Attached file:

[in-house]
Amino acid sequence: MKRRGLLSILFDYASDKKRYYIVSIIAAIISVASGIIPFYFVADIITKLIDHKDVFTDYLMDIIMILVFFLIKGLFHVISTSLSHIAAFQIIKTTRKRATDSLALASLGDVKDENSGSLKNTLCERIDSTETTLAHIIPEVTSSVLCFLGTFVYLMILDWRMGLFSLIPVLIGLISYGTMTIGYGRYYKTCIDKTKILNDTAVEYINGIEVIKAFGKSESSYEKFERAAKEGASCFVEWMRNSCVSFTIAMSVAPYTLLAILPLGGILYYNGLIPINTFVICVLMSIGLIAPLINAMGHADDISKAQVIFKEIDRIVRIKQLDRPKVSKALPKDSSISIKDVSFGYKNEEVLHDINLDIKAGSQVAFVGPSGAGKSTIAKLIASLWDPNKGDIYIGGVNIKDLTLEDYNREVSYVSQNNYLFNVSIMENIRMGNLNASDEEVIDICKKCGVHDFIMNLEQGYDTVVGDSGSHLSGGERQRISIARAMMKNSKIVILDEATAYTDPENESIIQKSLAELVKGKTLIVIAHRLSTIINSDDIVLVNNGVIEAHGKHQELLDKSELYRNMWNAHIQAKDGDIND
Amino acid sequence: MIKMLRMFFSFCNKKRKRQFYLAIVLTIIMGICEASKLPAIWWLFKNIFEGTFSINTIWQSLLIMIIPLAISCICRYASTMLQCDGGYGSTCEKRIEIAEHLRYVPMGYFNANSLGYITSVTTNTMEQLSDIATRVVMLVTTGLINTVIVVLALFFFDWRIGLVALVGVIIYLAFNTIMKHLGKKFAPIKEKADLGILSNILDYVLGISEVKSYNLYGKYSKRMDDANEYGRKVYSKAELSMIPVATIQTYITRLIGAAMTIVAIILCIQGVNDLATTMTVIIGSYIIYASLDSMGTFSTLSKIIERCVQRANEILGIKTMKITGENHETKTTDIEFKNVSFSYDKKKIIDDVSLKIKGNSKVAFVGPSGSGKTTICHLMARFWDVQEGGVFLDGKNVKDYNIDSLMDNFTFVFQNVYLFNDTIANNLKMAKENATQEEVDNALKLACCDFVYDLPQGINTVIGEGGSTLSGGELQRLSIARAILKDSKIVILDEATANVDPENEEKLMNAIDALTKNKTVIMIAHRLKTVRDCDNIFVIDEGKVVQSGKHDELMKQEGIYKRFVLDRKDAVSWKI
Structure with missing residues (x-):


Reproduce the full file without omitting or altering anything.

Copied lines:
[in-house]
Amino acid sequence: MKRRGLLSILFDYASDKKRYYIVSIIAAIISVASGIIPFYFVADIITKLIDHKDVFTDYLMDIIMILVFFLIKGLFHVISTSLSHIAAFQIIKTTRKRATDSLALASLGDVKDENSGSLKNTLCERIDSTETTLAHIIPEVTSSVLCFLGTFVYLMILDWRMGLFSLIPVLIGLISYGTMTIGYGRYYKTCIDKTKILNDTAVEYINGIEVIKAFGKSESSYEKFERAAKEGASCFVEWMRNSCVSFTIAMSVAPYTLLAILPLGGILYYNGLIPINTFVICVLMSIGLIAPLINAMGHADDISKAQVIFKEIDRIVRIKQLDRPKVSKALPKDSSISIKDVSFGYKNEEVLHDINLDIKAGSQVAFVGPSGAGKSTIAKLIASLWDPNKGDIYIGGVNIKDLTLEDYNREVSYVSQNNYLFNVSIMENIRMGNLNASDEEVIDICKKCGVHDFIMNLEQGYDTVVGDSGSHLSGGERQRISIARAMMKNSKIVILDEATAYTDPENESIIQKSLAELVKGKTLIVIAHRLSTIINSDDIVLVNNGVIEAHGKHQELLDKSELYRNMWNAHIQAKDGDIND
Amino acid sequence: MIKMLRMFFSFCNKKRKRQFYLAIVLTIIMGICEASKLPAIWWLFKNIFEGTFSINTIWQSLLIMIIPLAISCICRYASTMLQCDGGYGSTCEKRIEIAEHLRYVPMGYFNANSLGYITSVTTNTMEQLSDIATRVVMLVTTGLINTVIVVLALFFFDWRIGLVALVGVIIYLAFNTIMKHLGKKFAPIKEKADLGILSNILDYVLGISEVKSYNLYGKYSKRMDDANEYGRKVYSKAELSMIPVATIQTYITRLIGAAMTIVAIILCIQGVNDLATTMTVIIGSYIIYASLDSMGTFSTLSKIIERCVQRANEILGIKTMKITGENHETKTTDIEFKNVSFSYDKKKIIDDVSLKIKGNSKVAFVGPSGSGKTTICHLMARFWDVQEGGVFLDGKNVKDYNIDSLMDNFTFVFQNVYLFNDTIANNLKMAKENATQEEVDNALKLACCDFVYDLPQGINTVIGEGGSTLSGGELQRLSIARAILKDSKIVILDEATANVDPENEEKLMNAIDALTKNKTVIMIAHRLKTVRDCDNIFVIDEGKVVQSGKHDELMKQEGIYKRFVLDRKDAVSWKI
Structure with missing residues (x-):